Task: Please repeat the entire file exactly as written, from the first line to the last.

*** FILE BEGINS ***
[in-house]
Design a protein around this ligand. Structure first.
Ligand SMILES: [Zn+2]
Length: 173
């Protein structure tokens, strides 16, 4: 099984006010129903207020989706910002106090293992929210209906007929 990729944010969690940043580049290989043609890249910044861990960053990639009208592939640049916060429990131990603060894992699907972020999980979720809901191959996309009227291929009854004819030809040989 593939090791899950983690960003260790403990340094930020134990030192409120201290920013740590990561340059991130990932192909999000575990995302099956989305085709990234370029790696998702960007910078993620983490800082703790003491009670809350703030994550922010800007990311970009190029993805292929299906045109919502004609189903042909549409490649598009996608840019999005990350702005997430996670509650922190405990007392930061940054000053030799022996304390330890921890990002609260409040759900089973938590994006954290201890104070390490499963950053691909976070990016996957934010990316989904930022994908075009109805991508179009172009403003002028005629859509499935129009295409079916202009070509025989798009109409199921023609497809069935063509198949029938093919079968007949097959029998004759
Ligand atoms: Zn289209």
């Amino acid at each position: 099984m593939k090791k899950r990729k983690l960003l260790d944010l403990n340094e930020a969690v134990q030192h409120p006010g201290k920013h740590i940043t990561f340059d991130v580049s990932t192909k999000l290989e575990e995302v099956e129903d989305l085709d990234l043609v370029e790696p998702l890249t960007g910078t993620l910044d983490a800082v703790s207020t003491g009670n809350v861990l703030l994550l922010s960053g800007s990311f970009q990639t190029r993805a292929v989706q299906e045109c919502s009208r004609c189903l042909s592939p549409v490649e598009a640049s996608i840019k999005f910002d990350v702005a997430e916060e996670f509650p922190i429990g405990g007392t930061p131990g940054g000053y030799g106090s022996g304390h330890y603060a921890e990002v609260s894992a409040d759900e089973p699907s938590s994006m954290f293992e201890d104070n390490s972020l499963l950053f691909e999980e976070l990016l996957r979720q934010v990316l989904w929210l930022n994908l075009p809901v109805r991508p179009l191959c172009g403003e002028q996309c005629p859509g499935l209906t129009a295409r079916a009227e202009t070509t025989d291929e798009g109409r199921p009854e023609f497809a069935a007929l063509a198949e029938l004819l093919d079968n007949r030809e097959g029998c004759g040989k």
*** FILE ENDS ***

[in-house]
Design a protein around this ligand. Structure first.
Ligand SMILES: [Zn+2]
Length: 173
């Protein structure tokens, strides 16, 4: 099984006010129903207020989706910002106090293992929210209906007929 990729944010969690940043580049290989043609890249910044861990960053990639009208592939640049916060429990131990603060894992699907972020999980979720809901191959996309009227291929009854004819030809040989 593939090791899950983690960003260790403990340094930020134990030192409120201290920013740590990561340059991130990932192909999000575990995302099956989305085709990234370029790696998702960007910078993620983490800082703790003491009670809350703030994550922010800007990311970009190029993805292929299906045109919502004609189903042909549409490649598009996608840019999005990350702005997430996670509650922190405990007392930061940054000053030799022996304390330890921890990002609260409040759900089973938590994006954290201890104070390490499963950053691909976070990016996957934010990316989904930022994908075009109805991508179009172009403003002028005629859509499935129009295409079916202009070509025989798009109409199921023609497809069935063509198949029938093919079968007949097959029998004759
Ligand atoms: Zn289209």
């Amino acid at each position: 099984m593939k090791k899950r990729k983690l960003l260790d944010l403990n340094e930020a969690v134990q030192h409120p006010g201290k920013h740590i940043t990561f340059d991130v580049s990932t192909k999000l290989e575990e995302v099956e129903d989305l085709d990234l043609v370029e790696p998702l890249t960007g910078t993620l910044d983490a800082v703790s207020t003491g009670n809350v861990l703030l994550l922010s960053g800007s990311f970009q990639t190029r993805a292929v989706q299906e045109c919502s009208r004609c189903l042909s592939p549409v490649e598009a640049s996608i840019k999005f910002d990350v702005a997430e916060e996670f509650p922190i429990g405990g007392t930061p131990g940054g000053y030799g106090s022996g304390h330890y603060a921890e990002v609260s894992a409040d759900e089973p699907s938590s994006m954290f293992e201890d104070n390490s972020l499963l950053f691909e999980e976070l990016l996957r979720q934010v990316l989904w929210l930022n994908l075009p809901v109805r991508p179009l191959c172009g403003e002028q996309c005629p859509g499935l209906t129009a295409r079916a009227e202009t070509t025989d291929e798009g109409r199921p009854e023609f497809a069935a007929l063509a198949e029938l004819l093919d079968n007949r030809e097959g029998c004759g040989k």